The next most acceptable for rear overhang purposes (ROH) (excepting the almost extinct Land Rover Defender 130 Crew Cab at 71 percent of its 1.7 m recommended tray length) are Mazda BT-50 and Navara D40, but both are way off at 76 percent ROH of their 1.65 m endorsed trays.
For Ranger, Ford endorses a different tray supplier than does Mazda for its BT-50 clone, and Ranger’s longer 1.785 m load length extends its ROH out to 78 percent. Ranger’s deck height is 975 mm, BT-50’s 960 mm.
Navara, BT-50 and Ranger all ride on 3.2 m-3.22 m wheelbases, but Toyota HiLux SR 4×4 Dual C/C’s tray also overhangs 78 percent, yet it has 115-135 mm less wheelbase (3.085 m) and a longer 1.82 m tray floor (stretched from the 1.65 m norm at the last facelift late 2011). One suspects the unavailability of legroom figures from Toyota might explain. HiLux’s 1.02 m deck height is also unnecessarily high.
Isuzu D-Max SX Crew Cab 4×4 and its now more distant chassis cousin, Colorado LX Crew Cab 2WD & 4WD, are at 80 percent ROH on their now 105 mm shorter 3.095 m WBs. Their deck heights are now 1.0 m, up around 60 mm due to overslung springs replacing the prior underslung leaf suspension.
Also with 1.65 m trays and 80 percent ROH are seven VW Amarok dual-cab/chassis variants, but they boast a 135 mm wider tray floor of 1.93 m thanks to their class-widest cab. Their deck height is disappointingly high at 1.026 m, despite leaf springs slung outboard beside, not under, the rails.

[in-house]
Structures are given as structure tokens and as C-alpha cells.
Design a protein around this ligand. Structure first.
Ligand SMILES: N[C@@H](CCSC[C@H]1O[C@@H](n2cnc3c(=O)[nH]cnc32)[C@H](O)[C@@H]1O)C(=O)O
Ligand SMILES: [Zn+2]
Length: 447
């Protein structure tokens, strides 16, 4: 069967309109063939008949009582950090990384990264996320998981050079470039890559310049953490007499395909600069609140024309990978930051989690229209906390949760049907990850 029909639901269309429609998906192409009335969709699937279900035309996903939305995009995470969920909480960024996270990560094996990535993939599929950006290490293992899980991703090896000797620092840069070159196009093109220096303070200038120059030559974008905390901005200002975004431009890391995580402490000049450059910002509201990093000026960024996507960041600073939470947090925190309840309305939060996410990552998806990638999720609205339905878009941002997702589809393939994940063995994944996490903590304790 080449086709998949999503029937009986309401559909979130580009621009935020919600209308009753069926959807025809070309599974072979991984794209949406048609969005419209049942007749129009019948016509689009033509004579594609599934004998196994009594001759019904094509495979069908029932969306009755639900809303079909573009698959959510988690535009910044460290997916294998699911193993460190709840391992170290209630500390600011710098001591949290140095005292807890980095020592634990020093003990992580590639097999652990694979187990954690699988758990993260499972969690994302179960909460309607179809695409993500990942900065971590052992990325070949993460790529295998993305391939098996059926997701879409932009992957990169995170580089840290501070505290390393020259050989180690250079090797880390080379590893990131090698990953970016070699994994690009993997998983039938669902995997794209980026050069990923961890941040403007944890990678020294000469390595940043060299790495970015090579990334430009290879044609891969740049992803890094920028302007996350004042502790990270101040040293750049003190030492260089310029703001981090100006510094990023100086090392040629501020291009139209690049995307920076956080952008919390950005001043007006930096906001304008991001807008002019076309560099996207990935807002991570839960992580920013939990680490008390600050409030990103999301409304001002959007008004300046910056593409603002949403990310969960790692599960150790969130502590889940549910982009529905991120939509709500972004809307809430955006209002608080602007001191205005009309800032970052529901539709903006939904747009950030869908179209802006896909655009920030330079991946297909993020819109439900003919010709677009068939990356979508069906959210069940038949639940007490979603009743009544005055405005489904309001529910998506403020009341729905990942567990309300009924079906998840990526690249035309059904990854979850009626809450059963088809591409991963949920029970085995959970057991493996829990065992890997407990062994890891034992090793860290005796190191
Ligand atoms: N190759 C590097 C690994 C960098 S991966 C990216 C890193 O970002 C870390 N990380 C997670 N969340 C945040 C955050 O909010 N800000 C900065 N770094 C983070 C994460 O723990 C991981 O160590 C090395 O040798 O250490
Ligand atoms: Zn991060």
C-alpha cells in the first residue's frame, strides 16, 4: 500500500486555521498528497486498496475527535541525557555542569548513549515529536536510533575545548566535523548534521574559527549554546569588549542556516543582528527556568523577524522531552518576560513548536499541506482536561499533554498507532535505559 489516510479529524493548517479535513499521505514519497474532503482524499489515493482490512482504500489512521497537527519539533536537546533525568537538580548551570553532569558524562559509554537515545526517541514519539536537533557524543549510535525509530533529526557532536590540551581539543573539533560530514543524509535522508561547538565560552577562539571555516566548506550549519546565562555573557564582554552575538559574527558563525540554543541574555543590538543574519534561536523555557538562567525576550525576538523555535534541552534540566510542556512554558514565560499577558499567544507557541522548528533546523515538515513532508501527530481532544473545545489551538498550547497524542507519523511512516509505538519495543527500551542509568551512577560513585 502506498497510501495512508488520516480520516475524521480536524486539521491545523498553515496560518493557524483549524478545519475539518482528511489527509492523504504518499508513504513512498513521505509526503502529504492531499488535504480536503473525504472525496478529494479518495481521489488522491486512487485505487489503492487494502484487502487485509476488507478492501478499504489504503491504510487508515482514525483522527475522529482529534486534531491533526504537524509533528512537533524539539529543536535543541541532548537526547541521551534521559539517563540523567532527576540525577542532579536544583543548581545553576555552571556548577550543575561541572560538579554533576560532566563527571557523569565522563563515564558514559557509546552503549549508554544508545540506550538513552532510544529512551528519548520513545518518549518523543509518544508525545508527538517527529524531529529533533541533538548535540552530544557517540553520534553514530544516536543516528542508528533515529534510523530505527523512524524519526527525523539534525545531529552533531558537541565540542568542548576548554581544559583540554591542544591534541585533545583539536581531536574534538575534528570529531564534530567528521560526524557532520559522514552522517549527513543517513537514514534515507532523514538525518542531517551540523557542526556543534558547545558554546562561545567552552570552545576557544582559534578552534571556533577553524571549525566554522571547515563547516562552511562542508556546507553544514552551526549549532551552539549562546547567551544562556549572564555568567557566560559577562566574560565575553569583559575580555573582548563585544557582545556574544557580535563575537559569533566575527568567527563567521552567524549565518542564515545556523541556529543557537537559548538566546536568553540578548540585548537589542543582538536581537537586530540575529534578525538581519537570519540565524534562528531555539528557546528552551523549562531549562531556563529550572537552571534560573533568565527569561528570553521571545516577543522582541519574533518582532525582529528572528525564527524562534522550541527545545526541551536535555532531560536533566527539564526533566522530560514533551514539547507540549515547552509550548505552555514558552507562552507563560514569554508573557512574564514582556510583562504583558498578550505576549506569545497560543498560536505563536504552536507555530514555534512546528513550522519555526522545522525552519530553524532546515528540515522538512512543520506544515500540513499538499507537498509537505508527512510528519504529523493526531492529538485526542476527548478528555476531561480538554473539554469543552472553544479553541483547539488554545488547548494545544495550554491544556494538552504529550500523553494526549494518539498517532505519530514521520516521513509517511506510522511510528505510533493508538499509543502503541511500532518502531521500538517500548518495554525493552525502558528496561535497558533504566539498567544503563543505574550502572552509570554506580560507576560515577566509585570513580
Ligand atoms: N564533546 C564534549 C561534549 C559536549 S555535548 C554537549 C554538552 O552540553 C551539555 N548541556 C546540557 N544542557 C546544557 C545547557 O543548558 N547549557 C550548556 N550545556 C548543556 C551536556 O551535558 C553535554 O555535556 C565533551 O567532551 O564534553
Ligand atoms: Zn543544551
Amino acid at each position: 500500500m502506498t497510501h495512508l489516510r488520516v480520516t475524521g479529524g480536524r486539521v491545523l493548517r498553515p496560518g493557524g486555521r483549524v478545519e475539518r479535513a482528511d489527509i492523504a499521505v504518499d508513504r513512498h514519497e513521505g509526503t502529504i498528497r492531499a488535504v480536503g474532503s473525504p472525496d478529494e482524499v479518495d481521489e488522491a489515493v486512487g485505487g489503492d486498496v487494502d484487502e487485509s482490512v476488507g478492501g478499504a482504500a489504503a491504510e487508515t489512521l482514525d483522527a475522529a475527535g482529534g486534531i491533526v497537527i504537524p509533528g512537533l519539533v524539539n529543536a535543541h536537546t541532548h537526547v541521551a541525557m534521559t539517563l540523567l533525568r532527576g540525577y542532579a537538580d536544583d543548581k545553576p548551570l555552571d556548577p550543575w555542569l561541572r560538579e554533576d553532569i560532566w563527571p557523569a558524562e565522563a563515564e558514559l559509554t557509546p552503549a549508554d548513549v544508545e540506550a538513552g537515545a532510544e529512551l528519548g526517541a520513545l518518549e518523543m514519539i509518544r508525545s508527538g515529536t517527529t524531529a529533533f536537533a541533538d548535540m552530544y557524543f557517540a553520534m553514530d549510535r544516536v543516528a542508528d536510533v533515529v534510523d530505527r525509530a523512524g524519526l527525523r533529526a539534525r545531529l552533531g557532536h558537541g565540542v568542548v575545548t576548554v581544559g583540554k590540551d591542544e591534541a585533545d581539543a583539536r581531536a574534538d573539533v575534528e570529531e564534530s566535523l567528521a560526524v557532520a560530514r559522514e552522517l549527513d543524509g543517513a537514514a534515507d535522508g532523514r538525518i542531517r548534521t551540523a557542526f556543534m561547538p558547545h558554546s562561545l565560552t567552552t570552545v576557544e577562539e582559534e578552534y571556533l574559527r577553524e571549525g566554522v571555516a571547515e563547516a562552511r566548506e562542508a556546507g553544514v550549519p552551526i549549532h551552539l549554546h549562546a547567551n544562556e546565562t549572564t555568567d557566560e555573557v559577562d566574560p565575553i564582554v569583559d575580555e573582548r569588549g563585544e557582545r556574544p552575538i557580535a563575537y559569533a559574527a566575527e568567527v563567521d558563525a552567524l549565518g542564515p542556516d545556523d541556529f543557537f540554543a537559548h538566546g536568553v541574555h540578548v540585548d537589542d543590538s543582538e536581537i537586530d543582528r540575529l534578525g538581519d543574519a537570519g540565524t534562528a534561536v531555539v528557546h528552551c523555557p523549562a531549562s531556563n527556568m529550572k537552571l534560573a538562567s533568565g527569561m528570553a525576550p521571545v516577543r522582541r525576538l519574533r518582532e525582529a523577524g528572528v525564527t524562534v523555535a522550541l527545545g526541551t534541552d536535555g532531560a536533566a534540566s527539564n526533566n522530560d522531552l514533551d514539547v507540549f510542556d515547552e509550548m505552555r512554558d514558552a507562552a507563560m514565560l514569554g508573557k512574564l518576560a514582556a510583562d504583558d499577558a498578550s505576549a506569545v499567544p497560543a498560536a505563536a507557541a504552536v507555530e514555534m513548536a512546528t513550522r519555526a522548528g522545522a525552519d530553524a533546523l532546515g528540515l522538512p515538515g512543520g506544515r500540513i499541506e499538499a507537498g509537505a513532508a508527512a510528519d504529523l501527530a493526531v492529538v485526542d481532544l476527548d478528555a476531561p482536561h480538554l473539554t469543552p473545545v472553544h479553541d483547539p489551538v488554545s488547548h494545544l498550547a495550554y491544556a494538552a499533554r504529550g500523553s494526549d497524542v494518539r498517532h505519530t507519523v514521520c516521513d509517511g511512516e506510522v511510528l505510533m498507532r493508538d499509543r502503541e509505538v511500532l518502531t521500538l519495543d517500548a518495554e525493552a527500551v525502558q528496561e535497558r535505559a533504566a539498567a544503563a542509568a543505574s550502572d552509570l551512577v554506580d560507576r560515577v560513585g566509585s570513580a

Old-style Landcruiser 70 (LC79) stretches ROH to 83.5 percent of its 1.82 m long tray load floor, despite a fairly long 3.18 m WB. However, the mass of its 4.5-litre V8 engine would counter this imbalance more than with the four-cylinder utes. The deck height, at well over a metre, needs high-heel work boots, the fat spare wheel underneath and twin tanks totalling 130 litres pushing up the floor height.
Two double-cab/chassis definitely not to load up carelessly are Mitsubishi Triton and Mahindra Pikup. Of their 1.65 m tray floor lengths, Triton’s ROH is nearly 85 percent (84.8) and the Pikup a concerning 87.3 percent, thanks to their short 3 m and 3.04 m wheelbases.
That leaves Great Wall V200/V240, Ssangyong Actyon and Foton Tunland, all of which aren’t imported in cab/chassis form currently, not that that stops dealers, nor buyers, from de-tubbing them and fitting trays. The Great Wall and Actyon versions, which have shortish 3.05 m and 3.06 m wheelbases respectively, seem to get 1.65 m trays. The Tunland’s 3.105 m WB may tempt some to try a 1.8 m tray.
A trail bike will fit diagonally in all trays, as described, with all three sides up. The exception here being the Transporter, which can easily mount trail bikes longitudinally.
De-tubbing also happens when customers want a five-seat cab and tray, but with high-series cabin amenities and/or extra bling. But there aren’t enough of these buyers to interest ute marketers who generalise trays as working, not luxury, vehicles.
Still, standard fare for most of these trayed four-plus-fives is quite liveable and, now, safe. Standard inclusions generally bring with them ESC, TC (traction Control), ABS with EBD and BA, airbags front side and curtain, aircon, cruise control, power windows and mirrors, remote entry, hands-free Bluetooth®, USB and AUX ports, and iPhone® docking.